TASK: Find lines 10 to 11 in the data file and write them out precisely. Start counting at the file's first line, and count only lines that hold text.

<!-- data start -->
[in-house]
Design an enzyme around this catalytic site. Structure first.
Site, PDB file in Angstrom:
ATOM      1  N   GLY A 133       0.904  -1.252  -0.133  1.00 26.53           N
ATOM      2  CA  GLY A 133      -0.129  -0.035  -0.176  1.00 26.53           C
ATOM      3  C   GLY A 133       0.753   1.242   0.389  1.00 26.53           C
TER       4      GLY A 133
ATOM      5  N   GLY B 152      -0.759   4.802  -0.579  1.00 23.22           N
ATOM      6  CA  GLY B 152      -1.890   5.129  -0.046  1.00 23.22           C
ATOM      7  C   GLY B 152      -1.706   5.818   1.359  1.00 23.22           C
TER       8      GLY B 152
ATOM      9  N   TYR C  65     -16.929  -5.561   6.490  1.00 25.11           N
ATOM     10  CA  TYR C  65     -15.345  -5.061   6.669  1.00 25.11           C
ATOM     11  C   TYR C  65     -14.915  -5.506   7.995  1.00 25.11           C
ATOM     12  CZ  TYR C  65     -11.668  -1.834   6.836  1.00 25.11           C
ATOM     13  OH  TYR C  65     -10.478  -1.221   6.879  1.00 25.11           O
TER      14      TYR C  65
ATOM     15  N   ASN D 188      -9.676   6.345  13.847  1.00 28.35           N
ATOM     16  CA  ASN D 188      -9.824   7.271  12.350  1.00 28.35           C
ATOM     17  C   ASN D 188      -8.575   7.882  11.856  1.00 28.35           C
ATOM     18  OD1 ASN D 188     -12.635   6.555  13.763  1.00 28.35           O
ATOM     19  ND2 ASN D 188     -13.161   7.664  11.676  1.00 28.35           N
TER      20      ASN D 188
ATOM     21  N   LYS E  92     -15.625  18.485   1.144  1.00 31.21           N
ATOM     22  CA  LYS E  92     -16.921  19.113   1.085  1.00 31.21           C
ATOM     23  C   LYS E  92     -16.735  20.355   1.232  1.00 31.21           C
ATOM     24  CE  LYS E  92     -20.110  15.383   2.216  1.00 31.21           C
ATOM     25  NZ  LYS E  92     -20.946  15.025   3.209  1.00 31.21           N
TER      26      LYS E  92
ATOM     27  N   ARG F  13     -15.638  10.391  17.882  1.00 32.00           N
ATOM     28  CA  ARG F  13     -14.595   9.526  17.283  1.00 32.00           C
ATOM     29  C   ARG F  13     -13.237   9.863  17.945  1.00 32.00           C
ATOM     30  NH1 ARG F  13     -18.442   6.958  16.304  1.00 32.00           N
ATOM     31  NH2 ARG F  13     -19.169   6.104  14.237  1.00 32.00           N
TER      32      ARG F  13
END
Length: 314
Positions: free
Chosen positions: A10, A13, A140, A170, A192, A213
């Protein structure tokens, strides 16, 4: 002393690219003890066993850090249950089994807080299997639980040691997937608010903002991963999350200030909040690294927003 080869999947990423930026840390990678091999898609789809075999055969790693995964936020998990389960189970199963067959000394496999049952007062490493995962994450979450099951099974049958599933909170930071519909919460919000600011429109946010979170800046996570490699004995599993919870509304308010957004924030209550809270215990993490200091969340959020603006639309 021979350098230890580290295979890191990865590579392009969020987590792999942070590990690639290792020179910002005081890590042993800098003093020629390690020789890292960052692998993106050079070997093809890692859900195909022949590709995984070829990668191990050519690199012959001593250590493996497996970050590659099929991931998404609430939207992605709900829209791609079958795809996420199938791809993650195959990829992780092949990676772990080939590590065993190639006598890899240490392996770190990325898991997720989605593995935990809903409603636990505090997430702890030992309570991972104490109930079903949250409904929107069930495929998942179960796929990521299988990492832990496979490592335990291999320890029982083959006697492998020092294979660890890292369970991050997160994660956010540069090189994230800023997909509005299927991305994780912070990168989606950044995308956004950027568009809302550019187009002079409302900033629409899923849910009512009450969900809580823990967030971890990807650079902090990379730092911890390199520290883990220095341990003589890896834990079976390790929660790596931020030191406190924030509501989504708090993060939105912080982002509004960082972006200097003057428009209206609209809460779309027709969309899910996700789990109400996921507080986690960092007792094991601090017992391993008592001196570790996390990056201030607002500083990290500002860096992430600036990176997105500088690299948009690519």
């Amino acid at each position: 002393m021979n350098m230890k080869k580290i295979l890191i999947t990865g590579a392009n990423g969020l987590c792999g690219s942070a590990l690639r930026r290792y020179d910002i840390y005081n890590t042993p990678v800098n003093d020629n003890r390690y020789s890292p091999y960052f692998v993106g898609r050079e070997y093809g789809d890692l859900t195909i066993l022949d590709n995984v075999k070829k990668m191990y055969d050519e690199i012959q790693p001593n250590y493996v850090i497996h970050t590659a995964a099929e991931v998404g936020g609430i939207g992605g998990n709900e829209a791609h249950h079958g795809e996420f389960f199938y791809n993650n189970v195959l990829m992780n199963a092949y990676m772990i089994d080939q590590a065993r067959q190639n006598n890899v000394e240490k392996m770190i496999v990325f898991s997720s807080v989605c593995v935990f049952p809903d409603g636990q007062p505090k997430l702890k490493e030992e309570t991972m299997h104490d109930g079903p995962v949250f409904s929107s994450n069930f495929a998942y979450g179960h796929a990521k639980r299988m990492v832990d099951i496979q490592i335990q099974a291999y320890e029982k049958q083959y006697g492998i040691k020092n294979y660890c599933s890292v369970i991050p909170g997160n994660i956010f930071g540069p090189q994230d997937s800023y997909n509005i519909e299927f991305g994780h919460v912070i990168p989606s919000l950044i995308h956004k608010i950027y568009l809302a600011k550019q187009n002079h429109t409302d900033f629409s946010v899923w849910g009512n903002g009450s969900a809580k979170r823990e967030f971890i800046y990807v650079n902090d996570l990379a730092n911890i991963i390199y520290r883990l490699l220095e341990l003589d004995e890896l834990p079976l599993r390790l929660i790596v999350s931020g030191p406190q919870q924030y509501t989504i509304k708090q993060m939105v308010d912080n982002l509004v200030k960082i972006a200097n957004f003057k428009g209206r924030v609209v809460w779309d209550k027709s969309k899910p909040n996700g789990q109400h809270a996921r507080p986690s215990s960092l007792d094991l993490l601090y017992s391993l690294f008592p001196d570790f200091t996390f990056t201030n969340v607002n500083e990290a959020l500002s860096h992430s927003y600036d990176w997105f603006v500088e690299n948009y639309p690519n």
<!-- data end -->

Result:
ATOM      7  C   GLY B 152      -1.706   5.818   1.359  1.00 23.22           C
TER       8      GLY B 152